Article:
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Runway Zero-Eight = Flight into Danger by…
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Runway Zero-Eight = Flight into Danger (1958)

by Arthur Hailey, John Castle (Author)

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» See also 2 mentions

Dutch (1)  French (1)  All (2)
Showing 2 of 2
Un vol de nuit, comme il y en a des milliers chaque jour et chaque nuit partout dans le monde, un accident imprévisible, qui aurait pu arriver sur n'importe quel vol, n'importe où, n'importe quand, à n'importe quel groupe de passagers, et la panique est à son comble. Dès cet instant, nous sommes tous concernés, tous entraînés dans un suspense inexorable.Parfaitement documenté, « 714 appelle Vancouver » est le fruit de la collaboration exceptionnellement réussie de deux maîtres du genre, John Castle et Arthur Halley, auteur du célèbre « Airport ». ( )
  vdb | Aug 15, 2010 |
Hoog boven de Rockies raast het grote verkeersvliegtuig foor de donkere nacht, op weg naar Vancouver. Plotseling treden bij de passagiers ernstige verschijnselen van voedselvergiftiging op, die zich spoedig uitbreiden tot de bemanning.
Behalve een dokter is er echter ook een ex-Spitfirepiloot aan boord, George Spencer.

En dan vangt het drama aan: het gevecht om het leven van 59 mensen te redden door het vliegtuig veilig op zijn bestemming te brengen.
  Juliette2701 | Apr 4, 2007 |
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» Add other authors (7 possible)

Author nameRoleType of authorWork?Status
Hailey, ArthurAuthorprimary authorall editionsconfirmed
Castle, JohnAuthormain authorall editionsconfirmed
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Steady rain slanting through the harsh glare of its headlights, the taxicab swung into the approach to Winnipeg Airport, screeched protestingly round the asphalt curve and, braking hard, came to a spring-shuddering stop outside the bright neons of the reception building.
Quotations
Out of a total field of fifty-five our one chance of survival depends on there being one person aboard this airplane who is not only qualified to land it but who also didn't have fish for dinner tonight.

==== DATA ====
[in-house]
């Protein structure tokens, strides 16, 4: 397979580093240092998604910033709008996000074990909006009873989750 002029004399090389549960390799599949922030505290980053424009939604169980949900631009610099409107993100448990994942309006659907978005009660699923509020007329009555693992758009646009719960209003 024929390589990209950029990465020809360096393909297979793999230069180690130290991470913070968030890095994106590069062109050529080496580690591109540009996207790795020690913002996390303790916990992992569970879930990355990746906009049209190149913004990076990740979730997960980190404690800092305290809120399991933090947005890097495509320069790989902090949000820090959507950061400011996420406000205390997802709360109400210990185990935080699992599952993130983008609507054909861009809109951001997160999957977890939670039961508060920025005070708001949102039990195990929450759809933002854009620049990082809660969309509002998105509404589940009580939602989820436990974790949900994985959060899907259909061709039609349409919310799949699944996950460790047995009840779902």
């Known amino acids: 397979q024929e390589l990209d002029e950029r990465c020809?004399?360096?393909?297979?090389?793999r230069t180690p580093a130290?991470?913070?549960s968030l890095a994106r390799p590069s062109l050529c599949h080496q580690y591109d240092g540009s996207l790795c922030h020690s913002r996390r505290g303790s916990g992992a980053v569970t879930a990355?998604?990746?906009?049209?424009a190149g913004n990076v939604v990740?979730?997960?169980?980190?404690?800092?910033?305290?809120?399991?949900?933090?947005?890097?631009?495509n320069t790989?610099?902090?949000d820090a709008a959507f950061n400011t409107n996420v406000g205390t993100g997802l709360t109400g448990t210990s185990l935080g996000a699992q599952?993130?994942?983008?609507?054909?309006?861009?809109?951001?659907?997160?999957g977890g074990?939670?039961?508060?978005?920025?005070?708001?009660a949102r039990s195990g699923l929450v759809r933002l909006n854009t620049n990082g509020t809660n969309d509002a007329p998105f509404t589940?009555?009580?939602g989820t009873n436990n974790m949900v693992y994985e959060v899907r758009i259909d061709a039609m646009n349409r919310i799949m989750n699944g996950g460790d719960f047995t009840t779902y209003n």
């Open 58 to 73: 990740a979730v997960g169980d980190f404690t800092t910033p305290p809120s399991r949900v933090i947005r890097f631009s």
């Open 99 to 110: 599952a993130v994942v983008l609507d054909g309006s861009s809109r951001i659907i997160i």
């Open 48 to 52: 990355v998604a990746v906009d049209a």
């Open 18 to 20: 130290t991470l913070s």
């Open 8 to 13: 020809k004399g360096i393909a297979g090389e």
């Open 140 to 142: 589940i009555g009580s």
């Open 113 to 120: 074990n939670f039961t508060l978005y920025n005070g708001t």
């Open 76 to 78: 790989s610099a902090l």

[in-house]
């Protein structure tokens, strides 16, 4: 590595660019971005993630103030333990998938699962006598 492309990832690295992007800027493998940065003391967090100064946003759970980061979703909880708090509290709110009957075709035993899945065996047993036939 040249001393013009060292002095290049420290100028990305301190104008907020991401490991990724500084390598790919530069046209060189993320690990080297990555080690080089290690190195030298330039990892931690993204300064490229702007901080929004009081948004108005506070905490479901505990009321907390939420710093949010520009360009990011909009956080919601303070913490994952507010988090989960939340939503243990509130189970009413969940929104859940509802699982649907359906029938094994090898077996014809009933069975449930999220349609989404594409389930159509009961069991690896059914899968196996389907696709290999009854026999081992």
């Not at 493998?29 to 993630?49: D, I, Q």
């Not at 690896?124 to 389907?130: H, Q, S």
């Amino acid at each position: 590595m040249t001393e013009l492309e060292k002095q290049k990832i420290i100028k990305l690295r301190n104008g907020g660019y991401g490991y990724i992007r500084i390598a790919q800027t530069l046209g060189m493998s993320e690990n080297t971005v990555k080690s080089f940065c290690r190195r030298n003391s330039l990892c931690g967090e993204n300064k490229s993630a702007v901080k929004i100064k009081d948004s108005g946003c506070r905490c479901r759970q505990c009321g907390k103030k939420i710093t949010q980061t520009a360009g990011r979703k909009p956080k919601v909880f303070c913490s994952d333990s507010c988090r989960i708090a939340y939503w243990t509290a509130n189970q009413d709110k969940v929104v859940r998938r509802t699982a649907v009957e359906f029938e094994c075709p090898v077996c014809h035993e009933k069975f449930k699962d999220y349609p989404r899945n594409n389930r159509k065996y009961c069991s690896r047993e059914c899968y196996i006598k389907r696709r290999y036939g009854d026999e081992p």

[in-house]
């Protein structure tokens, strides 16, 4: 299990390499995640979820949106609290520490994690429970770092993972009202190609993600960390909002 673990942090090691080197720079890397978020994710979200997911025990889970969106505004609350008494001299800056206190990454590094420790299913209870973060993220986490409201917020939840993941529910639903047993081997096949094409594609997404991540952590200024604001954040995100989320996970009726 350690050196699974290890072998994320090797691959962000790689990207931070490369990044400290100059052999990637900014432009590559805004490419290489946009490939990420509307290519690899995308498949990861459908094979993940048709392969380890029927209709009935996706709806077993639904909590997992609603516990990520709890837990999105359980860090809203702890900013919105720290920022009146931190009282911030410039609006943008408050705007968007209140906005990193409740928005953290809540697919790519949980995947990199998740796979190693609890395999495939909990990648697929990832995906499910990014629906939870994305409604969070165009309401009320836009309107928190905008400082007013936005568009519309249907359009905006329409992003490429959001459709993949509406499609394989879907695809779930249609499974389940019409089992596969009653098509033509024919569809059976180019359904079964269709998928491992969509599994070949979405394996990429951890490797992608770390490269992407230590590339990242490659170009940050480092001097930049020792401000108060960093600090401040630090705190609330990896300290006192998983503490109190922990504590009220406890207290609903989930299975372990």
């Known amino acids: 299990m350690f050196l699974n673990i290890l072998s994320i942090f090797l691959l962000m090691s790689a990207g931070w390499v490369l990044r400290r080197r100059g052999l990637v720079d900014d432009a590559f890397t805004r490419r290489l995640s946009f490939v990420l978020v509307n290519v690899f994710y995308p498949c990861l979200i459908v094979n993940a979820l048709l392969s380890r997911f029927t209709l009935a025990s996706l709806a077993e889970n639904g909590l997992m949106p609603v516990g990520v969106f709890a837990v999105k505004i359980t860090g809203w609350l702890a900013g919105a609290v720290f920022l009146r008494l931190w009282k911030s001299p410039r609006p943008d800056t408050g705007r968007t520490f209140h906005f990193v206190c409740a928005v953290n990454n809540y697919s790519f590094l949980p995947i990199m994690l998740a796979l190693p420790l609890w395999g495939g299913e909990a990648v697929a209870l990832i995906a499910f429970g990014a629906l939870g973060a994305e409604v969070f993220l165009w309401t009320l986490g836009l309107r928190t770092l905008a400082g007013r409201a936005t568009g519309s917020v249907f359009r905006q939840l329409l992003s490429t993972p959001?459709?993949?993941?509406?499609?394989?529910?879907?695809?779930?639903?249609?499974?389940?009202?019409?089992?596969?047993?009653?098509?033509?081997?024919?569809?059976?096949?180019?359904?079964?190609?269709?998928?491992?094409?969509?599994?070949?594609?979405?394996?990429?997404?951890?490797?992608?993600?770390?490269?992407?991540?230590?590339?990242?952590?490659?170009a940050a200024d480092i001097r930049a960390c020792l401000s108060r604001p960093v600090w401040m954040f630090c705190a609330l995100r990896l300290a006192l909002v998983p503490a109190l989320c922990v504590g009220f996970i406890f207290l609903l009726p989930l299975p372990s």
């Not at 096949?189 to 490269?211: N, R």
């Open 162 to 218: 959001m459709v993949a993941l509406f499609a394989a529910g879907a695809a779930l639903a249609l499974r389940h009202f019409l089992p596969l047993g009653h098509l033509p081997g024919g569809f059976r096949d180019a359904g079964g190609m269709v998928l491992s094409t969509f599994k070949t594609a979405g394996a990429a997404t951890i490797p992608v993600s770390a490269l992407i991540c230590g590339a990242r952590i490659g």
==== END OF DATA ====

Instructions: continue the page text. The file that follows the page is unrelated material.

"Well, let's see if I can send out a distress call. What's our flight number?" "714." "Right. Here goes, then." He pressed the button on his microphone. "Mayday, mayday, mayday," he began in an even voice. It was one signal he could never forget. He had called it one murky October afternoon above the French coast with the tail of his Spitfire all but shot off, and two Hurricanes had mercifully appeared to usher him across the Channel like a pair of solicitous old aunts. "Mayday, mayday, maday," he continued. "This is Flight 714, Maple Leaf Air Charter, in distress. Come in, anyone. Over." He caught his breath as a voice responded immediately over the air. "Hullo, 714. This is Vancouver. We have been waiting to hear from you. Vancouver to all aircraft: this frequency now closed to all other traffic. go ahead, 714."
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(Click to show. Warning: May contain spoilers.)
Disambiguation notice
The novelisation of Arthur Hailey's teleplay "Flight Into Danger", written with John Castle (the pseudonym of Ronald Payne and John Garrod), was published in England and Australia as Flight Into Danger and in America as Runway Zero-Eight.
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"We are in distress.... At least five passengers are sick.  Both pilots are unconscious and in serious condition.  My name is Spencer.  George Spencer.  I am a passenger on this airplace.  Correction: I was a passenger.  I am now the pilot."  What happened?  Who was the new pilot?  Would anyone reach the ground alive?  --back cover, Bantam paperback, 1970
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Discusses the sources of energy, their rapid depletion, and ways of conserving them.

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